Department of Teaching, Learning and Teacher Education


Date of this Version

February 2002


Published by the Education Alliance at Brown University. Copyright 2002 Brown University. Used by permission.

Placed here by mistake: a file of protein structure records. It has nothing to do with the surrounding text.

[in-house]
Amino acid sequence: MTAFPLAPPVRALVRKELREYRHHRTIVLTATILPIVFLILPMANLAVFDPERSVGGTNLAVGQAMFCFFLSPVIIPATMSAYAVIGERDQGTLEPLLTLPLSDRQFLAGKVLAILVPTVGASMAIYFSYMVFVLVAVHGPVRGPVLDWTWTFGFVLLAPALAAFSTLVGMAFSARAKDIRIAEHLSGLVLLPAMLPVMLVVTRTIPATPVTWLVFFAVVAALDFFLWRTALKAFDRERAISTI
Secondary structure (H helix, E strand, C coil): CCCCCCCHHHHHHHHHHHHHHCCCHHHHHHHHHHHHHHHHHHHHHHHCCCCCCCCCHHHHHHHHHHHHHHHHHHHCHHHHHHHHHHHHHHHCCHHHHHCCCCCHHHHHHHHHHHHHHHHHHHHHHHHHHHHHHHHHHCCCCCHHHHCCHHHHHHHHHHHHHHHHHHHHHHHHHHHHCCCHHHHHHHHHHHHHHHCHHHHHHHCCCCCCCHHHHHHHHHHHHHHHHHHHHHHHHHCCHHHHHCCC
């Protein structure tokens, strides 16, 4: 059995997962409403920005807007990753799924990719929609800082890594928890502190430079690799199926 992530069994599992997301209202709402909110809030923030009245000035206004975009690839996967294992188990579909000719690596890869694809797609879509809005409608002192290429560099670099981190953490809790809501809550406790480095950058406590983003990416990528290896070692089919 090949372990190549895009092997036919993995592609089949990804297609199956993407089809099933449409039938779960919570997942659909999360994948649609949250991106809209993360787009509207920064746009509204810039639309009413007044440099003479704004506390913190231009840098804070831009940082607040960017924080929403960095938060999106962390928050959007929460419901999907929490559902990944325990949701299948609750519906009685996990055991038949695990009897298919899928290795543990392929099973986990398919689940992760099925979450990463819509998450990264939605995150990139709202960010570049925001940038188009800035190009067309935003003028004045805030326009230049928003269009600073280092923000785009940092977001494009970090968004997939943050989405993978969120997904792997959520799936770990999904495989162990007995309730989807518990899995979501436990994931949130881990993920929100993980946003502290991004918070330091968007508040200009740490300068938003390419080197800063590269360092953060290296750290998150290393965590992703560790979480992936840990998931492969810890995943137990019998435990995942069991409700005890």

As any good Maine educator knows, the idea in the title of this paper, that "we're from the state and we're here to help" is an oxymoron. In a part of the United States that defiantly prides itself on perpetuating traditions like town meetings and other versions of direct or almost-direct democracy, being told what to do by someone else, particularly by someone pulling rank, is viewed skeptically-- to put it mildly (Ruff, Smith, & Miller, 2000). Yet on school visit after school visit, we heard a staffer of the Center for Inquiry on Secondary Education (CISE), which is centrally involved with Maine's high school improvement effort, repeat this phrase. Was he being naive or self-defeating? To the contrary, he was proving his credentials as an insider. Said with the right mix of sarcasm and twinkle in the eye, this line was a way of marking familiarity with local cultural convention. Something akin to "I know rhat you think this proposition is absurd. I think it is often absurd too, because I recognize that too often your sensibility seems to be cavalierly overlooked by state bureaucrats. So I'll say it, we'll laugh, and then we'll get down to business."